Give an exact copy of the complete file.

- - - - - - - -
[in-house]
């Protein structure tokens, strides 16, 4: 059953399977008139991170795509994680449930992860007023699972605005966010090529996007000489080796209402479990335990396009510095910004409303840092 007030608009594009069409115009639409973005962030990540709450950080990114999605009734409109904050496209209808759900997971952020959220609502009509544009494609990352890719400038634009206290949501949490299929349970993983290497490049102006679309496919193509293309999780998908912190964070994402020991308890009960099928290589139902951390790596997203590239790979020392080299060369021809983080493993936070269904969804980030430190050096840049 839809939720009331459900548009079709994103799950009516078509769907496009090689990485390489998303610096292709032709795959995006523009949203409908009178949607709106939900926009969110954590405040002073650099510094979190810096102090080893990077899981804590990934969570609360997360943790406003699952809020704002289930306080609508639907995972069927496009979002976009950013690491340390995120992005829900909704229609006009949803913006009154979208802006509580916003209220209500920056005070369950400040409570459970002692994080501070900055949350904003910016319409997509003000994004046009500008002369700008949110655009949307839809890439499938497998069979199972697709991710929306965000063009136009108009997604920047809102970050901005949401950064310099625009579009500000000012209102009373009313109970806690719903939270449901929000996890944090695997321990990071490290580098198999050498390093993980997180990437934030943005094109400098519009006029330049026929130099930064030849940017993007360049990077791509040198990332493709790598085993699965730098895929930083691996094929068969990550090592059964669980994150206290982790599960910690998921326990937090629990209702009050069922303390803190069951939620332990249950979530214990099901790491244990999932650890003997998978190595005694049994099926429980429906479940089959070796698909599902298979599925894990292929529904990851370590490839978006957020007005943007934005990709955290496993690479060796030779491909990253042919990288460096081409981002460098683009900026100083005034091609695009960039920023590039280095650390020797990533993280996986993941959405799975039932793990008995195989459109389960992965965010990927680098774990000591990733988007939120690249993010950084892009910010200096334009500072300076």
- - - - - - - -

[in-house]
């Protein structure tokens, strides 16, 4: 059953399977008139991170795509994680449930992860007023699972605005966010090529996007000489080796209402479990335990396009510095910004409303840092 007030608009594009069409115009639409973005962030990540709450950080990114999605009734409109904050496209209808759900997971952020959220609502009509544009494609990352890719400038634009206290949501949490299929349970993983290497490049102006679309496919193509293309999780998908912190964070994402020991308890009960099928290589139902951390790596997203590239790979020392080299060369021809983080493993936070269904969804980030430190050096840049 839809939720009331459900548009079709994103799950009516078509769907496009090689990485390489998303610096292709032709795959995006523009949203409908009178949607709106939900926009969110954590405040002073650099510094979190810096102090080893990077899981804590990934969570609360997360943790406003699952809020704002289930306080609508639907995972069927496009979002976009950013690491340390995120992005829900909704229609006009949803913006009154979208802006509580916003209220209500920056005070369950400040409570459970002692994080501070900055949350904003910016319409997509003000994004046009500008002369700008949110655009949307839809890439499938497998069979199972697709991710929306965000063009136009108009997604920047809102970050901005949401950064310099625009579009500000000012209102009373009313109970806690719903939270449901929000996890944090695997321990990071490290580098198999050498390093993980997180990437934030943005094109400098519009006029330049026929130099930064030849940017993007360049990077791509040198990332493709790598085993699965730098895929930083691996094929068969990550090592059964669980994150206290982790599960910690998921326990937090629990209702009050069922303390803190069951939620332990249950979530214990099901790491244990999932650890003997998978190595005694049994099926429980429906479940089959070796698909599902298979599925894990292929529904990851370590490839978006957020007005943007934005990709955290496993690479060796030779491909990253042919990288460096081409981002460098683009900026100083005034091609695009960039920023590039280095650390020797990533993280996986993941959405799975039932793990008995195989459109389960992965965010990927680098774990000591990733988007939120690249993010950084892009910010200096334009500072300076």